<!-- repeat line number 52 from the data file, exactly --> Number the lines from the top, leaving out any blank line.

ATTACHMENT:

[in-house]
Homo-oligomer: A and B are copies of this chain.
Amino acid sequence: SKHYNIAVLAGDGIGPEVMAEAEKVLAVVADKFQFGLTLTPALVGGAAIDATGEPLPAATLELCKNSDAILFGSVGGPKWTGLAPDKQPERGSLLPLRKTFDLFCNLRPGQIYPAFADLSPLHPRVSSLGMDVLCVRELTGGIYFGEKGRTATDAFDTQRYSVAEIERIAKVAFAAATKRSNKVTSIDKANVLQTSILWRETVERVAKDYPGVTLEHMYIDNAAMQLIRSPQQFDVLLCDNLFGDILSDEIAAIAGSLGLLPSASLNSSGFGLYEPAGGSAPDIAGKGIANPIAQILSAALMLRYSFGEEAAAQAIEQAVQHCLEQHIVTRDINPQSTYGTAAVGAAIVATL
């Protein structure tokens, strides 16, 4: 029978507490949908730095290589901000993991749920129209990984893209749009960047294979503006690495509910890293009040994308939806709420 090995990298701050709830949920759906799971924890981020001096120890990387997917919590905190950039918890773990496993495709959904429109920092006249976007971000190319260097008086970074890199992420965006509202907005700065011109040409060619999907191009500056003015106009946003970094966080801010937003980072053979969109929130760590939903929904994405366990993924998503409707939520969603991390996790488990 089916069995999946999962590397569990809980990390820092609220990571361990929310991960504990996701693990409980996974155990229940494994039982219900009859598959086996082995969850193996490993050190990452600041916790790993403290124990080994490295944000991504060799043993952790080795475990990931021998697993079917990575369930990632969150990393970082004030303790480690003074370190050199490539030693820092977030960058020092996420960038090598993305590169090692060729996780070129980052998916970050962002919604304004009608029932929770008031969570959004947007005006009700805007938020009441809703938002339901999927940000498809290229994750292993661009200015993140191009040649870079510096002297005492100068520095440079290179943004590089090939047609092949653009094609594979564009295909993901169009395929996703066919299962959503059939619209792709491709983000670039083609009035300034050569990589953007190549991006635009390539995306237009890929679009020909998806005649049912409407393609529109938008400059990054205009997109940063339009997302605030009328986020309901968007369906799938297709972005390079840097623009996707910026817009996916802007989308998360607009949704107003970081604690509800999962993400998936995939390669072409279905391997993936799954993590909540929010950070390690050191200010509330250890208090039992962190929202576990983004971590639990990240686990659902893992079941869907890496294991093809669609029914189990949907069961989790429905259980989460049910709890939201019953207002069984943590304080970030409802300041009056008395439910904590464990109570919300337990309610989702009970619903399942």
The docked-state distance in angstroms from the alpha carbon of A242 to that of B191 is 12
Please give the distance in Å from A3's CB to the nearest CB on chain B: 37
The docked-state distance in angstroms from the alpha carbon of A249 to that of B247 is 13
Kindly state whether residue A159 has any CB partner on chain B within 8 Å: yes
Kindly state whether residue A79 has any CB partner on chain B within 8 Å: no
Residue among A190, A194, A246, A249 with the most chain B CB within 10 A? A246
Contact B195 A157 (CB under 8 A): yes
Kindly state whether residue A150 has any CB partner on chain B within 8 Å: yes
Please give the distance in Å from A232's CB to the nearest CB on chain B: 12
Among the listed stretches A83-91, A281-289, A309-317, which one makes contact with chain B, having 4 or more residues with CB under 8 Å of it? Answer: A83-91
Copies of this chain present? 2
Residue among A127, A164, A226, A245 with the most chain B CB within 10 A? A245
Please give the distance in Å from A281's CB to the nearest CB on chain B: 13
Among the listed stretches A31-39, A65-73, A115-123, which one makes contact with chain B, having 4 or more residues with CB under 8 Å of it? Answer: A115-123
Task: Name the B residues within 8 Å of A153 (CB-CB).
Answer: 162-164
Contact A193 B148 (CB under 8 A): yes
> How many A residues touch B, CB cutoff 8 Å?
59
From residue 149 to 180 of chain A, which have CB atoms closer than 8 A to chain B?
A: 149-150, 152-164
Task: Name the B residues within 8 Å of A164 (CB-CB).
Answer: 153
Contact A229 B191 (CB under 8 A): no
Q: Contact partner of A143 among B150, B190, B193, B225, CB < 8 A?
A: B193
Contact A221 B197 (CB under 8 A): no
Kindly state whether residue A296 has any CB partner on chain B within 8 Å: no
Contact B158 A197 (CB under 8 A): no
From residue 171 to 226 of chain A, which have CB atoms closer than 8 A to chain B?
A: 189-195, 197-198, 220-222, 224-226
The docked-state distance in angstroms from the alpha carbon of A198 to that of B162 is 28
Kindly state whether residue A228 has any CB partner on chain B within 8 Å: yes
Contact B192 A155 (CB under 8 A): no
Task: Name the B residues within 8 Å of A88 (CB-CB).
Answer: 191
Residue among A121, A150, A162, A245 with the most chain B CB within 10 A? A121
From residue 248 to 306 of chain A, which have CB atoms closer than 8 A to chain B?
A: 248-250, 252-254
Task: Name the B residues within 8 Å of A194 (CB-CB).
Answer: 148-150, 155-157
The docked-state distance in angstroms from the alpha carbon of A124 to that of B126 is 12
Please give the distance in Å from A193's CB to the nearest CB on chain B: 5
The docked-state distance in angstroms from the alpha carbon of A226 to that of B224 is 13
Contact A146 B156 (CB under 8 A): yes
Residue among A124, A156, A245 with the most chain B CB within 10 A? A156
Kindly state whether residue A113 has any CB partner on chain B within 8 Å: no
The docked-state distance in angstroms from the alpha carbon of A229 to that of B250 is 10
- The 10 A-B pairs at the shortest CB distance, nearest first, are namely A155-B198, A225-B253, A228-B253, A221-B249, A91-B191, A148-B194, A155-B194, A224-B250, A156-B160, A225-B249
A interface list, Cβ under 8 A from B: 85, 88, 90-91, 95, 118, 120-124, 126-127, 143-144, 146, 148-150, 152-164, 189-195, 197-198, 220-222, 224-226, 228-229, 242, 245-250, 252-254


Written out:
The docked-state distance in angstroms from the alpha carbon of A229 to that of B250 is 10